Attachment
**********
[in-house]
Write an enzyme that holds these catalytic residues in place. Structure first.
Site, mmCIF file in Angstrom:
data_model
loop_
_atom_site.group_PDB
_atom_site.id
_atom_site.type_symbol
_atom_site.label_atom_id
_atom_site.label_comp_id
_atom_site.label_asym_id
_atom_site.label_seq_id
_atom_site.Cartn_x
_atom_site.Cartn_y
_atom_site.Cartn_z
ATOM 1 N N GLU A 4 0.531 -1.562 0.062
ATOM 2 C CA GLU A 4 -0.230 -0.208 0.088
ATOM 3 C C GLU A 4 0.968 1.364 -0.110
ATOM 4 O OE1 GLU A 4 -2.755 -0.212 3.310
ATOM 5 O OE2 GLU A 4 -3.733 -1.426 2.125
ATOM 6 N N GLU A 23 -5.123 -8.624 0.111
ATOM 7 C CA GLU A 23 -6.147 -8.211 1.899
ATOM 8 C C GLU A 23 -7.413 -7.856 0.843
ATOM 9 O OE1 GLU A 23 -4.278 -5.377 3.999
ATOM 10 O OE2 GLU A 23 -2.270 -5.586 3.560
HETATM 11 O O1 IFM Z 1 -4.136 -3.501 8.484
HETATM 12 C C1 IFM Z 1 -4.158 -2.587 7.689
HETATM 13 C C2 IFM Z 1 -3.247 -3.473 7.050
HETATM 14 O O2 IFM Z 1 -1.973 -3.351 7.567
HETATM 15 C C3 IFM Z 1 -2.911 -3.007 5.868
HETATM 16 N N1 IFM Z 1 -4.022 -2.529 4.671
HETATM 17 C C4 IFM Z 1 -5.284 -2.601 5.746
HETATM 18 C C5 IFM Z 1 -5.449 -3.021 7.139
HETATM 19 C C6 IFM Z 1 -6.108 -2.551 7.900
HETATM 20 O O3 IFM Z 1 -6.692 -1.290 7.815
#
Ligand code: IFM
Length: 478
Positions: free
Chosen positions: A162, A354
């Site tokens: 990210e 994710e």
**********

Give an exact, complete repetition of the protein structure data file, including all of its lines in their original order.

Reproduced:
[in-house]
Write an enzyme that holds these catalytic residues in place. Structure first.
Site, mmCIF file in Angstrom:
data_model
loop_
_atom_site.group_PDB
_atom_site.id
_atom_site.type_symbol
_atom_site.label_atom_id
_atom_site.label_comp_id
_atom_site.label_asym_id
_atom_site.label_seq_id
_atom_site.Cartn_x
_atom_site.Cartn_y
_atom_site.Cartn_z
ATOM 1 N N GLU A 4 0.531 -1.562 0.062
ATOM 2 C CA GLU A 4 -0.230 -0.208 0.088
ATOM 3 C C GLU A 4 0.968 1.364 -0.110
ATOM 4 O OE1 GLU A 4 -2.755 -0.212 3.310
ATOM 5 O OE2 GLU A 4 -3.733 -1.426 2.125
ATOM 6 N N GLU A 23 -5.123 -8.624 0.111
ATOM 7 C CA GLU A 23 -6.147 -8.211 1.899
ATOM 8 C C GLU A 23 -7.413 -7.856 0.843
ATOM 9 O OE1 GLU A 23 -4.278 -5.377 3.999
ATOM 10 O OE2 GLU A 23 -2.270 -5.586 3.560
HETATM 11 O O1 IFM Z 1 -4.136 -3.501 8.484
HETATM 12 C C1 IFM Z 1 -4.158 -2.587 7.689
HETATM 13 C C2 IFM Z 1 -3.247 -3.473 7.050
HETATM 14 O O2 IFM Z 1 -1.973 -3.351 7.567
HETATM 15 C C3 IFM Z 1 -2.911 -3.007 5.868
HETATM 16 N N1 IFM Z 1 -4.022 -2.529 4.671
HETATM 17 C C4 IFM Z 1 -5.284 -2.601 5.746
HETATM 18 C C5 IFM Z 1 -5.449 -3.021 7.139
HETATM 19 C C6 IFM Z 1 -6.108 -2.551 7.900
HETATM 20 O O3 IFM Z 1 -6.692 -1.290 7.815
#
Ligand code: IFM
Length: 478
Positions: free
Chosen positions: A162, A354
């Site tokens: 990210e 994710e």